Digital Comic Tutorial
Disclaimer: I’m no expert so don’t take my professional word for anything. This is merely the process I use to make my comic, Point of Singularity. I use The Gimp 2.6 and Manga Studio 5 but the entire process is easy to transfer into any program - trust me, I’ve been switching around for years. Remember to save often!
*All the text is blacked out as this page will be published on the 13th.
Step 1 - Layout! I start with a basic A5 layout, something snatched from one of the many comic resources online, such as DeviantArt. I added my logo to the top of the page for consistency, but it’s mostly a blank slate. There are all kinds of different shapes and sizes, so try to have a good idea in mind what you want, if you’re planning on publishing in print, comic site’s size restrictions and so forth. My A5 layout is 1600x2100 px.
I work on this size and scale it down by 50% (800x1050 px) for digital publication. The blue lines you see are bleed lines. Bleed lines are like warnings - if you go over them, it might be cut off in print so keep that in mind. I often go over them for effect, but I never put anything important there. My blue lines are on a layer above my background, so they can be easily removed when I finish.
Step 2 - Refer to Script! The script! I write my script in LibreOffice or Google Docs using Consolas font (if anyone cares). There’s no real “true” way to write your script, do whatever feels right. I based my script template off of various screenplays I’ve seen and went with a few ideas I liked the best. A script is like a map, so feel free to create your own legend as you can see I did.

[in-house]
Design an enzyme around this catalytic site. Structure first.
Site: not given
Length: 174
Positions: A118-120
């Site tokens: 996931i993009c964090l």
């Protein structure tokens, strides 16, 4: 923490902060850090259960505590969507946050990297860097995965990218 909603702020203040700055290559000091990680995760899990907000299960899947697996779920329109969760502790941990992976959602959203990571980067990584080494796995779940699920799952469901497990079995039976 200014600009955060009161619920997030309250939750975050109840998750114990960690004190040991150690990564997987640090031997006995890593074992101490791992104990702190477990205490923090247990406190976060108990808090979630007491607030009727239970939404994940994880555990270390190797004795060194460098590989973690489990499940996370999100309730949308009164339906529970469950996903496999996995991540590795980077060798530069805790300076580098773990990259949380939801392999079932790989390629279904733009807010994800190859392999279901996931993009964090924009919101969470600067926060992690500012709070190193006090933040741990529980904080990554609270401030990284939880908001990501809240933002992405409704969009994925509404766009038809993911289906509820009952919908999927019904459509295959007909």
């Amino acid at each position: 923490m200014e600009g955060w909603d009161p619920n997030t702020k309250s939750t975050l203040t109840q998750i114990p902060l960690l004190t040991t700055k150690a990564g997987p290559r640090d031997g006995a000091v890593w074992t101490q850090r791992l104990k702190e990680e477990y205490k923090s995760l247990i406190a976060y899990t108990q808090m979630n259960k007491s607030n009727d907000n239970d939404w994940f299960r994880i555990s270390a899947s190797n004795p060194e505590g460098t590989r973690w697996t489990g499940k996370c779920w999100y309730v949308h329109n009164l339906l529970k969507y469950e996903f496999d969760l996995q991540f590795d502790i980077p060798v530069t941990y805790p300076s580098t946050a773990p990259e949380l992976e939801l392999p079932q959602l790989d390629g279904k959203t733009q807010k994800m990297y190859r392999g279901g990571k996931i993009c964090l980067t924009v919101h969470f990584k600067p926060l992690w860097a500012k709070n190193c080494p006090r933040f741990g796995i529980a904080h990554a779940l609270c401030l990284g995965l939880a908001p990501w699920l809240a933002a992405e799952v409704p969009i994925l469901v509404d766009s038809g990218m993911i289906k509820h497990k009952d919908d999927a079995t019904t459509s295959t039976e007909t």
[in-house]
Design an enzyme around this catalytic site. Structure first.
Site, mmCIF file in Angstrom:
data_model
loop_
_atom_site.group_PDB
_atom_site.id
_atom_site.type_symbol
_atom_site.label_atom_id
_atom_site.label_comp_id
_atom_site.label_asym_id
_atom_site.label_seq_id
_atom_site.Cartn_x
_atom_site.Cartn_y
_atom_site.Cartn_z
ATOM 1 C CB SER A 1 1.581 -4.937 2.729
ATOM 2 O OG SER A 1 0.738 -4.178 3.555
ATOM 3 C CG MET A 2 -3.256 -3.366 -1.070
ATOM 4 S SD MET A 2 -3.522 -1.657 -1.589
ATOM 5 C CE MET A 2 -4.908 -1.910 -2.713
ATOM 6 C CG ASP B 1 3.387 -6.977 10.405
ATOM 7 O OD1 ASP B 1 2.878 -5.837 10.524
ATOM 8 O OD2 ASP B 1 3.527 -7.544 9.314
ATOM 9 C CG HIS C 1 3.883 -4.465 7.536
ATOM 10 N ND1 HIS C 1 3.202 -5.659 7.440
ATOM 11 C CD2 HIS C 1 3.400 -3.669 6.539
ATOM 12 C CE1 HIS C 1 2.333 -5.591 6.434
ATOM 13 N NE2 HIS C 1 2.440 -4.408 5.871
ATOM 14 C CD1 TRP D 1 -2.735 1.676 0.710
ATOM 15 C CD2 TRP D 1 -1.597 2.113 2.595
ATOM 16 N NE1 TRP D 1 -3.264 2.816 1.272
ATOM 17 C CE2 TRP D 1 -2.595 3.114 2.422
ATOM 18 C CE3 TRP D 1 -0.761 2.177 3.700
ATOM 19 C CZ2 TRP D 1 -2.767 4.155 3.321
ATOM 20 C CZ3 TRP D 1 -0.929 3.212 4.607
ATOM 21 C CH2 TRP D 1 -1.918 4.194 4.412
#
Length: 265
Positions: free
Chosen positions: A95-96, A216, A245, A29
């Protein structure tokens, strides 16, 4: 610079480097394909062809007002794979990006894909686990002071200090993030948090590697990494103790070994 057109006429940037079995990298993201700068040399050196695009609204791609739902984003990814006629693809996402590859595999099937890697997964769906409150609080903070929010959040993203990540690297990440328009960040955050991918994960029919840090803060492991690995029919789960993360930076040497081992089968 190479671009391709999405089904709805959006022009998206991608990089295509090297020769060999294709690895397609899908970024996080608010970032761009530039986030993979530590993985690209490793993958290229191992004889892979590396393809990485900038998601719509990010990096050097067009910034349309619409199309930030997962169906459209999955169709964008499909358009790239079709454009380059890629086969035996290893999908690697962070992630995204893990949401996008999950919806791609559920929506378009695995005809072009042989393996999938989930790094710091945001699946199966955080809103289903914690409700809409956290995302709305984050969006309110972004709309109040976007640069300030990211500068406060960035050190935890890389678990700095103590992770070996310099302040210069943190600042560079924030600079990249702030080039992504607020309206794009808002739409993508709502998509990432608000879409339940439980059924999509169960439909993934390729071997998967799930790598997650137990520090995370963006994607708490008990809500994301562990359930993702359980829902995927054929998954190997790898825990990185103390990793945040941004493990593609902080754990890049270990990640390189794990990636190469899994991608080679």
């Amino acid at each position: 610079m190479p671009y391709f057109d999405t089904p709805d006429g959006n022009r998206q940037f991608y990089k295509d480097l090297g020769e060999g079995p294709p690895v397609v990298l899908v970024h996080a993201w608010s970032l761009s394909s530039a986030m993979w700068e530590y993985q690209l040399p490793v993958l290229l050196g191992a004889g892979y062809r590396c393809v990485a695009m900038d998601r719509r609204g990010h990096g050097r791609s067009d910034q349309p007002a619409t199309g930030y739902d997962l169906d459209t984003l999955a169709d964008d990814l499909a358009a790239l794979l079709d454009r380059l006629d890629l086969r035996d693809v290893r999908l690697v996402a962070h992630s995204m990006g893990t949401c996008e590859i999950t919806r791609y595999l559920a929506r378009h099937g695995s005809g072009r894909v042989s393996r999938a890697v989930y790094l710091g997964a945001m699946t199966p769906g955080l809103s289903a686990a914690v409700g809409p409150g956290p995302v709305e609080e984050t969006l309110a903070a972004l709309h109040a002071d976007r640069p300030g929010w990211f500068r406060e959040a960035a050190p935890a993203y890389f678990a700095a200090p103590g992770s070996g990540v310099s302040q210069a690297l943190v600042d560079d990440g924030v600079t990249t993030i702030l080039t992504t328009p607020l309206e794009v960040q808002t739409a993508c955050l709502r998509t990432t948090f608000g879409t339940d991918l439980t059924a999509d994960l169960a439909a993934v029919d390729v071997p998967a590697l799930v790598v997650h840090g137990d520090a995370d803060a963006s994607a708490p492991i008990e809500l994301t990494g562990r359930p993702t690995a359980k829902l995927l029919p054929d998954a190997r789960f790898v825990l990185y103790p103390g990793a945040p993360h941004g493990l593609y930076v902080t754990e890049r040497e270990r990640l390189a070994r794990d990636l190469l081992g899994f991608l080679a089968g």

I’ve mentioned this before, but my scripts go on forever. I rarely set a page number before I’ve drawn the page, because I’m never sure how things will space out aesthetically. For the best impact, I look between my script and my storyboards (I explain more about those here) and decide as I go along. This might not work for you, or you might have better structured ideas than myself. I number the pages as I do them and sometimes a little ahead, but only by a couple or so.
Some of you might be wondering if scripts are really that important - can’t a storyboard cover all of that? It certainly can, and often does for some webcomic artists, but for me, it doesn’t. I like to have more detail, and while we want our results to be subtle, I need to know if Pelor’s looking anxious because of a staring stranger, or worried because he’s afraid he’s going to get caught. This is what the script is for, apart from dialogue.
Step 3 - Sketching! Finally, sketching! I use a very small brush for sketching, but as you can see, I’m messy as hell. Whatever you like to use is fine. Because of the script, I have a vague idea how these images will look. Some panels come easier than others, so don’t worry if you’re not 100% clear on how it will go. I usually try to sketch out borders before I begin, starting with the most prominent or important panels and working roughly around them. Don’t be afraid to experiment with panel shapes and sizes either! I’m a bad example here because I do tend to play it safe, but use your favourite comic artists as examples. Finally, reading comics can count as “research”!
Not pictured: I do set up the text on the page roughly at this point, if only to make sure the text and the pictures aren’t squishing each other. You really, really don’t want that, so plan ahead in the sketching stage.
Step 4 - Colour Blocking! This is an optional step, but since I work in solid blacks, I create a layer below the sketch layer, set it’s opacity to 50-60% and roughly block out where the black should be. We want to make sure there is enough contrast, and that each panel doesn’t look too blank or too dark (unless that’s what you’re intending).